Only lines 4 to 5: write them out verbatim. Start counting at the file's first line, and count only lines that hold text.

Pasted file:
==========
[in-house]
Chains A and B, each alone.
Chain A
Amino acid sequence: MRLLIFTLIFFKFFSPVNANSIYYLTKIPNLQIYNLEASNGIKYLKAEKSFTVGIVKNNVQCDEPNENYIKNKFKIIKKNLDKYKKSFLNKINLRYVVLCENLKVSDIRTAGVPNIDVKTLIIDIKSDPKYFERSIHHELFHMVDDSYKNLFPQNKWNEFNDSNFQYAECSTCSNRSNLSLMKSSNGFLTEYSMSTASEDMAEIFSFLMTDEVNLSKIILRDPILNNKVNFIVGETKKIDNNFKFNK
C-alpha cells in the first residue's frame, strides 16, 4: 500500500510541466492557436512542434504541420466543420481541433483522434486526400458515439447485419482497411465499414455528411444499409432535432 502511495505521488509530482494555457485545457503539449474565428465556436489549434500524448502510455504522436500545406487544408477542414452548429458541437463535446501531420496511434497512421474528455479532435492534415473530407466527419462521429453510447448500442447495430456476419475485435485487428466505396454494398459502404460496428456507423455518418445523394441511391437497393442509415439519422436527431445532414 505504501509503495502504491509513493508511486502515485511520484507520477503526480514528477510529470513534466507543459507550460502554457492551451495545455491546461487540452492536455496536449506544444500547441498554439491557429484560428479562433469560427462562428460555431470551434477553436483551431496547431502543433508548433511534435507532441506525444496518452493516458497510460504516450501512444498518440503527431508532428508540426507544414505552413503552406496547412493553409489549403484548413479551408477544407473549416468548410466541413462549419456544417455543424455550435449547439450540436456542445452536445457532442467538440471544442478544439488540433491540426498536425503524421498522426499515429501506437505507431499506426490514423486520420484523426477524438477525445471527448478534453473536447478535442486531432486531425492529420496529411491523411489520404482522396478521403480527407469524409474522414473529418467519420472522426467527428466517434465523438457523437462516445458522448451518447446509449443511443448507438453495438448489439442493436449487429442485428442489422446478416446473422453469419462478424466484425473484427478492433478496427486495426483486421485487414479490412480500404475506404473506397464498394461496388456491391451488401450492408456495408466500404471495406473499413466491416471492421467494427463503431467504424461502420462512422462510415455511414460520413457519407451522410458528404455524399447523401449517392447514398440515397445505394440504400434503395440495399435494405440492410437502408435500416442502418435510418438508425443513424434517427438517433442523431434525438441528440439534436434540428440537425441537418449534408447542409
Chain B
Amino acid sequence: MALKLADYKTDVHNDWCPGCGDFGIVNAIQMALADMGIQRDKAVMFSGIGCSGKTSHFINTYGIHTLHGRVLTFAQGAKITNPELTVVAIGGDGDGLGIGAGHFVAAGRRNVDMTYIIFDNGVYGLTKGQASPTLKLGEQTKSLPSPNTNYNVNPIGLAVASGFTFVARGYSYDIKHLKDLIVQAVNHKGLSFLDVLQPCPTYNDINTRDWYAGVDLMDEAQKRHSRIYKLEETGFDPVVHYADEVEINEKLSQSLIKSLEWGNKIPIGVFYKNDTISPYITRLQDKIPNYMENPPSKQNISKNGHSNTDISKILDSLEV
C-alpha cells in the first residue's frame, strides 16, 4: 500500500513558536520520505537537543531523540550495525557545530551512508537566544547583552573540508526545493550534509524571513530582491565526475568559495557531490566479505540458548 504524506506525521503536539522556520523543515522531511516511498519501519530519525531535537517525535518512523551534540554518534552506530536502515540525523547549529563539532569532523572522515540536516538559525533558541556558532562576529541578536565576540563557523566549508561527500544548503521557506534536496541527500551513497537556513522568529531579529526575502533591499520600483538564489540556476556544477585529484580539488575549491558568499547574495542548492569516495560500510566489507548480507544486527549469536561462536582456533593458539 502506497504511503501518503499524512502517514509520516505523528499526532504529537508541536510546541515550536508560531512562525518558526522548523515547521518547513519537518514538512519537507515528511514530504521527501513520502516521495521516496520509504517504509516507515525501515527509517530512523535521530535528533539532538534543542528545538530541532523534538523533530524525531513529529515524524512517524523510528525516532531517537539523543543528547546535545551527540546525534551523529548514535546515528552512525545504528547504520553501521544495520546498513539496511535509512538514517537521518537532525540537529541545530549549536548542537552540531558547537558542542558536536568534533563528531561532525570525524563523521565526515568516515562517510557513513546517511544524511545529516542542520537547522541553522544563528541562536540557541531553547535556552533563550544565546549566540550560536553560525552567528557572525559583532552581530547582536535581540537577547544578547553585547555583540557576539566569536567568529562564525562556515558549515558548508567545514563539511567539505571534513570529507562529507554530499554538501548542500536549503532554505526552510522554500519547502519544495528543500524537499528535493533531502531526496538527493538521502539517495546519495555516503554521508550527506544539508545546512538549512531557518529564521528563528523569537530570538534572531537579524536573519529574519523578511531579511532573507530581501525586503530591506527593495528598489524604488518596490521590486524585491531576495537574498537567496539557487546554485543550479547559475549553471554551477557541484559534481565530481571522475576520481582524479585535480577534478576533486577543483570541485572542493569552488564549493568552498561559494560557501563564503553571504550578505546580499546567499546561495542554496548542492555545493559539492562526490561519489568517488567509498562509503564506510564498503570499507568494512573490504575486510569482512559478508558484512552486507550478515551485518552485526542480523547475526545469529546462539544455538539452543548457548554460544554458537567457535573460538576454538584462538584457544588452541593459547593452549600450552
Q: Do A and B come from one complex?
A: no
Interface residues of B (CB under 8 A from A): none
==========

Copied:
Amino acid sequence: MRLLIFTLIFFKFFSPVNANSIYYLTKIPNLQIYNLEASNGIKYLKAEKSFTVGIVKNNVQCDEPNENYIKNKFKIIKKNLDKYKKSFLNKINLRYVVLCENLKVSDIRTAGVPNIDVKTLIIDIKSDPKYFERSIHHELFHMVDDSYKNLFPQNKWNEFNDSNFQYAECSTCSNRSNLSLMKSSNGFLTEYSMSTASEDMAEIFSFLMTDEVNLSKIILRDPILNNKVNFIVGETKKIDNNFKFNK
C-alpha cells in the first residue's frame, strides 16, 4: 500500500510541466492557436512542434504541420466543420481541433483522434486526400458515439447485419482497411465499414455528411444499409432535432 502511495505521488509530482494555457485545457503539449474565428465556436489549434500524448502510455504522436500545406487544408477542414452548429458541437463535446501531420496511434497512421474528455479532435492534415473530407466527419462521429453510447448500442447495430456476419475485435485487428466505396454494398459502404460496428456507423455518418445523394441511391437497393442509415439519422436527431445532414 505504501509503495502504491509513493508511486502515485511520484507520477503526480514528477510529470513534466507543459507550460502554457492551451495545455491546461487540452492536455496536449506544444500547441498554439491557429484560428479562433469560427462562428460555431470551434477553436483551431496547431502543433508548433511534435507532441506525444496518452493516458497510460504516450501512444498518440503527431508532428508540426507544414505552413503552406496547412493553409489549403484548413479551408477544407473549416468548410466541413462549419456544417455543424455550435449547439450540436456542445452536445457532442467538440471544442478544439488540433491540426498536425503524421498522426499515429501506437505507431499506426490514423486520420484523426477524438477525445471527448478534453473536447478535442486531432486531425492529420496529411491523411489520404482522396478521403480527407469524409474522414473529418467519420472522426467527428466517434465523438457523437462516445458522448451518447446509449443511443448507438453495438448489439442493436449487429442485428442489422446478416446473422453469419462478424466484425473484427478492433478496427486495426483486421485487414479490412480500404475506404473506397464498394461496388456491391451488401450492408456495408466500404471495406473499413466491416471492421467494427463503431467504424461502420462512422462510415455511414460520413457519407451522410458528404455524399447523401449517392447514398440515397445505394440504400434503395440495399435494405440492410437502408435500416442502418435510418438508425443513424434517427438517433442523431434525438441528440439534436434540428440537425441537418449534408447542409